I would still follow you if I had a choice, but perhaps the only clarity of the moment is that I do not. I will be taken, and I will go, but I hope that we do not have to.
Perhaps, this is paraphrasing, but I believe that is was F. Scott Fitzgerald that said, “I wish I had done everything in the world with you.”
I suppose that is still possible, regardless of what happens here. The world does not end at death, but mine does with yours. And so, as I know that my journey continues here for now, I can only hope and pray that you will continue to be my co-pilot.
Somewhere between the mechanical world and the spiritual realm that surround me, it is the organic that brings me the only comfort. The rise and fall of your chest may as well be a million seaside sunsets. I catch myself drifting, lulled by the peaceful repetition of each movement.
Again, I never fathomed that something so “simple” …how quickly and unexpectedly things can gain or lose their meaning.
I made sure to eat three times today. As I am not sleeping, I need something to keep me going for you. I even got some cookies. I tasted nothing. My stomach cramped. I didn’t feel it. The road poured ahead of me. I didn’t see it.
Nothing. There is nothing but this music and the rise and fall and the feeling that I never want either to end.
I am not sure where these words are coming from. I have drawn deeper into myself than, perhaps, I ever have. My motions are mechanical. I’m not sure what is guiding my physical movements. From soul to paper, I don’t feel attached to the space between, and, as I write, it takes me further and further away.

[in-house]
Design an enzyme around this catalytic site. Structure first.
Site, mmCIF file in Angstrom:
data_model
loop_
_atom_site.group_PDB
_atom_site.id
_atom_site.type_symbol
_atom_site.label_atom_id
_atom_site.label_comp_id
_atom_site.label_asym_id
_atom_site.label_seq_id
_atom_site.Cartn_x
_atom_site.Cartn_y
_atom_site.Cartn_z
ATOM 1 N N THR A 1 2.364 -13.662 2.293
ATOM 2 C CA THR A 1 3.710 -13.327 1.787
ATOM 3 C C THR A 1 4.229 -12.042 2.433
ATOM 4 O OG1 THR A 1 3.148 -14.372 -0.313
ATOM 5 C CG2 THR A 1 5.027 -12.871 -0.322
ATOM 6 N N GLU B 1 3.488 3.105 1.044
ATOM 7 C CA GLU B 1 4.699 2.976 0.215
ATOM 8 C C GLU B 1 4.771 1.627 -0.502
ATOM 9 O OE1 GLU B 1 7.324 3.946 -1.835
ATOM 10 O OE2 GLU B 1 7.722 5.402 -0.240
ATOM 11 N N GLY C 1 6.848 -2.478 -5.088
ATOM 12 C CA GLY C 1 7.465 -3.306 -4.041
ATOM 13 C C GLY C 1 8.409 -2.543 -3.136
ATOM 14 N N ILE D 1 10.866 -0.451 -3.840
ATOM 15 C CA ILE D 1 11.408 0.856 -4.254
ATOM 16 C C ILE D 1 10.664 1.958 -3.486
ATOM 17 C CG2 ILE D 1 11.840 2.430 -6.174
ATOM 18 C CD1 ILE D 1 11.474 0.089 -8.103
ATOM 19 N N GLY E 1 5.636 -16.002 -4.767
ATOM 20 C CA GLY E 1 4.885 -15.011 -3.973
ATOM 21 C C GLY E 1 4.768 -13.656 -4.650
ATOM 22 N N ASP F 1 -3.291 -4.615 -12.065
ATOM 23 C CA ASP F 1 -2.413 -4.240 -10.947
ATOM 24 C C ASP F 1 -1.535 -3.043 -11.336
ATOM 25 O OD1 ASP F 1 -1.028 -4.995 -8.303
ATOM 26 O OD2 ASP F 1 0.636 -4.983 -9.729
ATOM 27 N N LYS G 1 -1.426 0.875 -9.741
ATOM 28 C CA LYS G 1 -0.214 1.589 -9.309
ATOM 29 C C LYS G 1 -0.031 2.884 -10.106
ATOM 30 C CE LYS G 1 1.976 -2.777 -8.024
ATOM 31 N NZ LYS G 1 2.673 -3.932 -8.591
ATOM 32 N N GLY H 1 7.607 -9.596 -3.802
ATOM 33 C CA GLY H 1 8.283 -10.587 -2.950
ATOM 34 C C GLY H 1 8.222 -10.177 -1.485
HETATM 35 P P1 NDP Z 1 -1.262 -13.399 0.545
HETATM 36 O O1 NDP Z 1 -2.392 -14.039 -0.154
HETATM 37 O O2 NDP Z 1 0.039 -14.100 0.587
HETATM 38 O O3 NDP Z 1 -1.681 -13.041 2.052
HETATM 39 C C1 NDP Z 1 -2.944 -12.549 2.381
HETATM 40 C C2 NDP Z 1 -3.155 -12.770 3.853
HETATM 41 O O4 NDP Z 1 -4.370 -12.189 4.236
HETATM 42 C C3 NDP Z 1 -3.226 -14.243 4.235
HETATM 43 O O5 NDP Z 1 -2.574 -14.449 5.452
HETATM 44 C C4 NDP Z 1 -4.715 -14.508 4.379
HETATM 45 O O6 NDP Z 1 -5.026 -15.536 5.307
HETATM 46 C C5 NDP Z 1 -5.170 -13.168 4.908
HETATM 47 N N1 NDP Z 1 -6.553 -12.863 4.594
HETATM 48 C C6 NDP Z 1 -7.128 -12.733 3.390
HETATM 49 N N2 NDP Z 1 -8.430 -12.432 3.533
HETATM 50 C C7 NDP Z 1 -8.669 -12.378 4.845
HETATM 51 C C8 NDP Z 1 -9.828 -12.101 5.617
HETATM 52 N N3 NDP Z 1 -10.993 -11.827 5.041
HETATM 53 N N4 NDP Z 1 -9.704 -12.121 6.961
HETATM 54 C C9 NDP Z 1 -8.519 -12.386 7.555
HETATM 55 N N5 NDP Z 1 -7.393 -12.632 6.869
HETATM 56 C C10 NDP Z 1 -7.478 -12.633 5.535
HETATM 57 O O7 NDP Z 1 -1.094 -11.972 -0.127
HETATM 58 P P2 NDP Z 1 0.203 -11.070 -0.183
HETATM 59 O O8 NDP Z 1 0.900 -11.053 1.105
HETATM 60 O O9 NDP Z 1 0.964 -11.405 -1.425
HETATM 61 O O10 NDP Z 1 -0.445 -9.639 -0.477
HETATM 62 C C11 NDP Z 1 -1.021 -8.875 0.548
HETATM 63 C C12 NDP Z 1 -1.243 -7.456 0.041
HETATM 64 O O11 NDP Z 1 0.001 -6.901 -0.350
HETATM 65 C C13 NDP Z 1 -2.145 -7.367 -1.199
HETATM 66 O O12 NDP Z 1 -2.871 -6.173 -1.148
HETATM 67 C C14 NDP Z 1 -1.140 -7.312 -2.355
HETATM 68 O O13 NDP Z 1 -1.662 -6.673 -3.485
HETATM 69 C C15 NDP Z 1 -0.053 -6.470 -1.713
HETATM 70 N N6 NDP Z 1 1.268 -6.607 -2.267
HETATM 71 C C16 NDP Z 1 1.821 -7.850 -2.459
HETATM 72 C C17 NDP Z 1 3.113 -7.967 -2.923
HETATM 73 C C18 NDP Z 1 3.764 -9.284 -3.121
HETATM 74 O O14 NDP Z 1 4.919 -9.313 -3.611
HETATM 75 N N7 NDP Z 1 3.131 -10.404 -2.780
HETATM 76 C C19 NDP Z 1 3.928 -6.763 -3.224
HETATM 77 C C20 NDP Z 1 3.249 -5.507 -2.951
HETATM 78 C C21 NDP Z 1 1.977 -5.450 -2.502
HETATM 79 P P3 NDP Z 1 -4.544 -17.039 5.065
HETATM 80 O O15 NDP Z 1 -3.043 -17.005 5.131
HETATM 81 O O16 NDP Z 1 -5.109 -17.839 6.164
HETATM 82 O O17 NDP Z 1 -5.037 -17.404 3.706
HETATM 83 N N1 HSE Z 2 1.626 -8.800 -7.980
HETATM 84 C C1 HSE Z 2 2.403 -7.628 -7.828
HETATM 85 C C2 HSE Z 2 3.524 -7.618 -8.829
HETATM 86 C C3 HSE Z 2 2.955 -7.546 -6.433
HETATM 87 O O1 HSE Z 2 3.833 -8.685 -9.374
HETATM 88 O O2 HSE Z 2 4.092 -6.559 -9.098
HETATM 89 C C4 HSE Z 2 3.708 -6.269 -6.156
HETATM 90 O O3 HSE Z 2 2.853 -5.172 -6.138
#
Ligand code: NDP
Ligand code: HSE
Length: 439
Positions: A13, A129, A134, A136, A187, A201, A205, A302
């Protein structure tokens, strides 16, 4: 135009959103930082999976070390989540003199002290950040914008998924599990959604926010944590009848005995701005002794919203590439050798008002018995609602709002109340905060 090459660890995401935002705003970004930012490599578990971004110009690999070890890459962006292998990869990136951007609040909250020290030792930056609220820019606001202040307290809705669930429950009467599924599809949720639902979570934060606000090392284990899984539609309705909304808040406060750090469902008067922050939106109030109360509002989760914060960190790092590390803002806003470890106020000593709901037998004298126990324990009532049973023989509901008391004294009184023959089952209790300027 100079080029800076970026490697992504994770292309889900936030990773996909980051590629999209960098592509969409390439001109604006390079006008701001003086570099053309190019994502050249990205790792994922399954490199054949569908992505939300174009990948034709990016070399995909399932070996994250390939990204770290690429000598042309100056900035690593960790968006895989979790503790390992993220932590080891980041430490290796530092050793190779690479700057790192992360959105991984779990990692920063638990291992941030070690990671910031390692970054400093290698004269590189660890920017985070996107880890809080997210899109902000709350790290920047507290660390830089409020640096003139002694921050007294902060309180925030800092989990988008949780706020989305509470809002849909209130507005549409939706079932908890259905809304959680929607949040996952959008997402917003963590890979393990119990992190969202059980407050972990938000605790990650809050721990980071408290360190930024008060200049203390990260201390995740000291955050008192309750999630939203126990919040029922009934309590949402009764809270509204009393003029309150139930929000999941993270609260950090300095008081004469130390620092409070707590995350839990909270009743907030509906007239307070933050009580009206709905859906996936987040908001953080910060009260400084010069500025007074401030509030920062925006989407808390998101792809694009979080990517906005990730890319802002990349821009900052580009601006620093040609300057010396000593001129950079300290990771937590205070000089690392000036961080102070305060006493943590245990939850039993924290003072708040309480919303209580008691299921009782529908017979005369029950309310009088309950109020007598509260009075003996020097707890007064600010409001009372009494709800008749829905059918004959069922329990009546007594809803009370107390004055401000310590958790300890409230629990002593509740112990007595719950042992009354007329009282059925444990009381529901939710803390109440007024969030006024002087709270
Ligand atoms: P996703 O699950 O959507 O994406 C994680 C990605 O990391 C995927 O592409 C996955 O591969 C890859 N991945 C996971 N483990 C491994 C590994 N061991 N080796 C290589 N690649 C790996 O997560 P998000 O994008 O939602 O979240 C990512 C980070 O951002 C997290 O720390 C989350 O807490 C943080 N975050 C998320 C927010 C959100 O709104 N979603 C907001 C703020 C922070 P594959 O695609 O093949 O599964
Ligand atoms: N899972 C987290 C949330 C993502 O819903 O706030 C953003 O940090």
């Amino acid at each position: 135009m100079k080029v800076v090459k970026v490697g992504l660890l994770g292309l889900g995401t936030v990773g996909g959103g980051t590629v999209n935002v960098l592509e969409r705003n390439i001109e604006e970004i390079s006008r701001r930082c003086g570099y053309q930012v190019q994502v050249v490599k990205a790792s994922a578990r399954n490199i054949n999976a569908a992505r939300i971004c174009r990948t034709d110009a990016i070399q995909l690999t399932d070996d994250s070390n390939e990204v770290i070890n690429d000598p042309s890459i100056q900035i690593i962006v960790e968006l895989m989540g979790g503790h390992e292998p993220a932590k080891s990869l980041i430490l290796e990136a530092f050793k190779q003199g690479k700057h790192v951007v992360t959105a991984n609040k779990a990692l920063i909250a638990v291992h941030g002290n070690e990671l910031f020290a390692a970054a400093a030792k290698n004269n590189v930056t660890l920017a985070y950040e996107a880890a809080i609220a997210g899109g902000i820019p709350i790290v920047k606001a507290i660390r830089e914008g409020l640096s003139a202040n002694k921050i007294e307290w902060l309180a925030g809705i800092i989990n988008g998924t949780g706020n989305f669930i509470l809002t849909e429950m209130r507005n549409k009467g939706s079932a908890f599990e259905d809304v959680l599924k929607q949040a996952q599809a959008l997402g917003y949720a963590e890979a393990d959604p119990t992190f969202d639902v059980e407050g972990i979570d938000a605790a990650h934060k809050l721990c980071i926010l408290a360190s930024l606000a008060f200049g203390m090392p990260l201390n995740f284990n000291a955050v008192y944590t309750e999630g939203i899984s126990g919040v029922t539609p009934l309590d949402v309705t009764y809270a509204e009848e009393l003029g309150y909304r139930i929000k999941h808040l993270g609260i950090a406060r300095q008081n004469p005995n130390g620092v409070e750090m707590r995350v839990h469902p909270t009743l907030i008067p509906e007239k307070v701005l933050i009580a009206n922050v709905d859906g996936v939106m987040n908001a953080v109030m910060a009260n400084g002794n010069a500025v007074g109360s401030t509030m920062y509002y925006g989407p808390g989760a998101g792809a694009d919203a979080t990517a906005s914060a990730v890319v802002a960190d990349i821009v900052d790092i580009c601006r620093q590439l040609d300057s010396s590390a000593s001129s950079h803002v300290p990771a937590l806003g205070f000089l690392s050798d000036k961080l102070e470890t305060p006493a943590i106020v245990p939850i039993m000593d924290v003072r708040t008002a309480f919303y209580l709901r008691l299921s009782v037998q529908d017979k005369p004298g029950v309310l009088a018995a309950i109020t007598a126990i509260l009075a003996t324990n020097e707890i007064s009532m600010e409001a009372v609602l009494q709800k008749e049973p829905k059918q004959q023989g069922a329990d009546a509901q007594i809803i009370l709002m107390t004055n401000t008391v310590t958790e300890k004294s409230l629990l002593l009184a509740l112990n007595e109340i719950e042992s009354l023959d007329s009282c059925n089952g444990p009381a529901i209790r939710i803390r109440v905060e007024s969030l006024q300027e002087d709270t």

Where am I going? What is happening? Are you taking me with you? I am coming. Wherever you are and wherever this body is, I feel myself drifting somewhere in between.
I’m not sure that these words will make sense to anyone else at any other time, myself included, but, as I write, it is all I can do.
I have been emotionally stripped down. This is as raw as I come.
I’m not sure when they will pull me from your room. It may literally take that. I don’t feel capable of leaving you on my own.
I have no concept of time. I know that a good bit of time has passed from my first word to this one, but it could as easily been a minute as a year. What does it matter?
The rise and fall. The steady rolls of your breaths and the jumps between of your heart. I may experience the beauty or profundity of such things, but, as I bear record here, it will always serve as some form of remembrance in the future, whether it is a tear on my cheek or a curl on your lips, only time can tell.
Time. Time. Even letters look foreign. Words sound garbled. I feel as if somehow I have already known you for an eternity. Or maybe it was only a second. What is time, anyway? It simultaneously means nothing and everything to me right now. As it carries on this moment, it means nothing, but thinking moments into the future make my head spin. All I have is this one, and in this one, you are here, and, for now, THAT is all that matters.